Year got rural, Arkansas governor tells bureau

Published 1 December 2017

Gov. Asa Hutchinson said Wednesday that he never expected a herbicide would consume so much of his time and involve a "row-crop tour" this summer of northeast Arkansas fields where farmers reported damage from the dicamba herbicide.

"I never thought when I got elected governor [in 2014], that one of the top issues I'd have to face was dicamba," Hutchinson told a few hundred farmers, their spouses and others gathered in Little Rock for the opening session of the 83rd convention of the Arkansas Farm Bureau.

"I hope half the people don't leave when I say that word," Hutchinson said. "But I've had to deal with that, and I have learned to rely on the expertise of the Plant Board."

The state Plant Board, a division of the Arkansas Department of Agriculture, voted Nov. 8 to prohibit the in-crop use of dicamba from April 16 through Oct. 31 next year to avoid a repeat of this summer, when soybean farmers and other growers filed nearly 1,000 complaints of damage.

During the height of the summer, with complaints rolling in, Hutchinson visited with farmers in Pocahontas, Wynne, Stuttgart, Leachville and Success. "Sometime you just got to get out of Little Rock to put life in perspective a little bit better," Hutchinson said of the "row-crop tour" and other visits recently in the state.

"I've listened to what people had to say," he said. "I enjoyed that tour, seeing farmers as they worked and [hearing] the concerns they had."

Monsanto, the Missouri-based seed and chemical company, sued the board in October for keeping its new dicamba formulation, called Xtendimax, out of the Arkansas market this past growing season. The company updated the lawsuit after the Plant Board's Nov. 8 vote for next year's restrictions.

Monsanto developed dicamba-tolerant soybeans and cotton to help farmers control weeds that have grown resistant to other herbicides. But dicamba can damage conventional soybeans, produce and ornamentals through off-target movement.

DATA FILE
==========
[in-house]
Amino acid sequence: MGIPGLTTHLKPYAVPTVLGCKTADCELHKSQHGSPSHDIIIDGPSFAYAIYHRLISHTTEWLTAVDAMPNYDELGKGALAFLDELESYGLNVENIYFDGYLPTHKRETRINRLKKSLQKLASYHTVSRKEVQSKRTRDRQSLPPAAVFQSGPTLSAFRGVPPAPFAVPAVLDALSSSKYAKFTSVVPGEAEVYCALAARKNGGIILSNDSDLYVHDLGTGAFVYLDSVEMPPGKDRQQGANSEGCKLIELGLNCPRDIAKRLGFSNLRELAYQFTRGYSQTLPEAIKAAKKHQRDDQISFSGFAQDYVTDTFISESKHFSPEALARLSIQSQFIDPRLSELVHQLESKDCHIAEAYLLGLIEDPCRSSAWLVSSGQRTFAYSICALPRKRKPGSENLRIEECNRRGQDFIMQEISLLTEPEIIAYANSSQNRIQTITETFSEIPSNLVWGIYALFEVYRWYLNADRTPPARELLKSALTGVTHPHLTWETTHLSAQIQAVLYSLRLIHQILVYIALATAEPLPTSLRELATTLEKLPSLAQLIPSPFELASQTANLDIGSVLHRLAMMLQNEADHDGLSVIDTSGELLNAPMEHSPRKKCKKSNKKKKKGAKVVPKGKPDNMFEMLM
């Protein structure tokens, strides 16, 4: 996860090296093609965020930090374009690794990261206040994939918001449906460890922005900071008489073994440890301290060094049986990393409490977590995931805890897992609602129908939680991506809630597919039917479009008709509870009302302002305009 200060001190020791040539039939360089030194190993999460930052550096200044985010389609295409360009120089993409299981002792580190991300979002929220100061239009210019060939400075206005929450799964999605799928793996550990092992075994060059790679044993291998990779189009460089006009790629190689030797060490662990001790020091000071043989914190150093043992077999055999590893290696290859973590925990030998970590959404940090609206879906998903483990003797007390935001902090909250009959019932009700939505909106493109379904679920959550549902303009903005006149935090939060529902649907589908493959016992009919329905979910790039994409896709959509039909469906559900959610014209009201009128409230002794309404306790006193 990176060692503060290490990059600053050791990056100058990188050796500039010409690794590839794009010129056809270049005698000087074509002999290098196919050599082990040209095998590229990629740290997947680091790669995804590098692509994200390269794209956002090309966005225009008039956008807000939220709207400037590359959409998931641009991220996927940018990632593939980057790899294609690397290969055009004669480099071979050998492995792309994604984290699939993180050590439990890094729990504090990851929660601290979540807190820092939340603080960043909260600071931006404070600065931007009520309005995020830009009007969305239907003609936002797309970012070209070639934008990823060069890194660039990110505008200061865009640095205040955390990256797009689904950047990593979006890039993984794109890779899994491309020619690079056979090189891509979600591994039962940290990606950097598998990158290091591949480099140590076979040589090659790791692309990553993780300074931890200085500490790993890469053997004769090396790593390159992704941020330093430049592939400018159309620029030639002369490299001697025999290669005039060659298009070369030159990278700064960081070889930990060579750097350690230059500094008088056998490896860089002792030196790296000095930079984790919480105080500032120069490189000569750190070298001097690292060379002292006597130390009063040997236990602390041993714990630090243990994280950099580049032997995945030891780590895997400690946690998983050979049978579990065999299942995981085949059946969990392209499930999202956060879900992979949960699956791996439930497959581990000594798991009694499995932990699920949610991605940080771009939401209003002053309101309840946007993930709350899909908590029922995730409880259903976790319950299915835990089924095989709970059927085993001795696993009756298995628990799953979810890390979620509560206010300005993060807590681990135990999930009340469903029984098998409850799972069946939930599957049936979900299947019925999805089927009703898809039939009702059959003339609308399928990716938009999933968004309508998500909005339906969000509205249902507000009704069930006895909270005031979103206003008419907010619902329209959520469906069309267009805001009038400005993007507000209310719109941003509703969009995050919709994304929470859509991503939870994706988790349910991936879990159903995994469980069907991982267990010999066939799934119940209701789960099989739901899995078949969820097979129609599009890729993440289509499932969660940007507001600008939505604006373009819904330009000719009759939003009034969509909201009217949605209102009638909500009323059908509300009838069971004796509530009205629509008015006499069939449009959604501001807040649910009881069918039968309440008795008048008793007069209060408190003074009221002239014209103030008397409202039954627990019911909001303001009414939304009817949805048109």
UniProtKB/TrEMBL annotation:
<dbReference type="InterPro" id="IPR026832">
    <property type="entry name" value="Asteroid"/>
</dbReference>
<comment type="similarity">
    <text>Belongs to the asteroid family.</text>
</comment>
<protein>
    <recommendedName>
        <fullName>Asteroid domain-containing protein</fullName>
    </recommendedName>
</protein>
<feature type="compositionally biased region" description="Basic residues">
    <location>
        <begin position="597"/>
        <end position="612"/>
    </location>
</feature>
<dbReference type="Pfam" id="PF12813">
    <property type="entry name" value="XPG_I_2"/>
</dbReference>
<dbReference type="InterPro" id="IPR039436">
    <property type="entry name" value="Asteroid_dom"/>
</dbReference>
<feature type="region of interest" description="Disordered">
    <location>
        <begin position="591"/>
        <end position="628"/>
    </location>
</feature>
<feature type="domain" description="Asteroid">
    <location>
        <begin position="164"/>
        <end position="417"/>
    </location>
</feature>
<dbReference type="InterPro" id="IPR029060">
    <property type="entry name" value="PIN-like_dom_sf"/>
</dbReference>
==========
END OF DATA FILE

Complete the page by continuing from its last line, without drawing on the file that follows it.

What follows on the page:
Hutchinson has backed the Plant Board at least twice in major decisions in 2016 and 2017 to restrict the dicamba formulations made by Monsanto and other companies. Hutchinson has let the Plant Board's restrictions for next year bypass further review by his office, moving them along to legislative review early next month.

"This issue has divided our row-crop farmers, and you need to understand that I listened to the expertise of the Plant Board and I do support them," Hutchinson said. "But I do ask them to expedite research and look for new means to protect against volatility and drift and safeguard our crops but still have access to the technology when those safeguards are in place."

Hutchinson also noted the work of state foresters and county judges this year.

"I do recognize it's been a tough year for farmers -- flooding in the spring and too little rain in the fall," Hutchinson said. "County judges have moved from flooding issues to a burn ban in a number of counties. We've had more than 1,300 wild fires this year that have consumed over 23,000 acres, second only to the fires we had in 2012, and the year's not yet over. What's challenging for us is that there's not a whole lot of rain in sight in the coming weeks."

In his 20-minute address, Hutchinson also said he has consistently tried to make President Donald Trump's administration aware of the importance of trade agreements to Arkansas' economy, especially agriculture.

"You have to acknowledge that we have lost manufacturing jobs in Arkansas to Mexico" with the North American Free Trade Agreement of the mid-1990s, Hutchinson said, citing the closure of Whirlpool Corp. in Fort Smith several years ago.

"That was a heartbreak in Fort Smith," he said. "You have to acknowledge that that shift has happened ... but the exchange has settled in somewhat and we are now selling Mexico and Canada more goods and commodities than we are buying."

Hutchinson said Arkansas agriculture exports in 2016 amounted to $179 million to Canada and $177 million to Mexico. Hutchinson said China's recent agreements to accept United States beef and rice also will benefit Arkansas, the nation's top rice producer.

Manufacturing in Arkansas also is doing better under the trade agreement, Hutchinson said.

"There are many parts now in products that are being manufactured by companies right here in Arkansas that are shipped to Mexico for further assembly, and then they're sent back to the United States for final assembly," he said, citing specific plants in Hot Springs, Texarkana and Marion. "It's an integrated economy that you cannot stop," he said.

The convention of the Farm Bureau, with more than 190,000 member-families in Arkansas, continues through Friday at the Statehouse Convention Center and the Marriott Hotel.

Business on 11/30/2017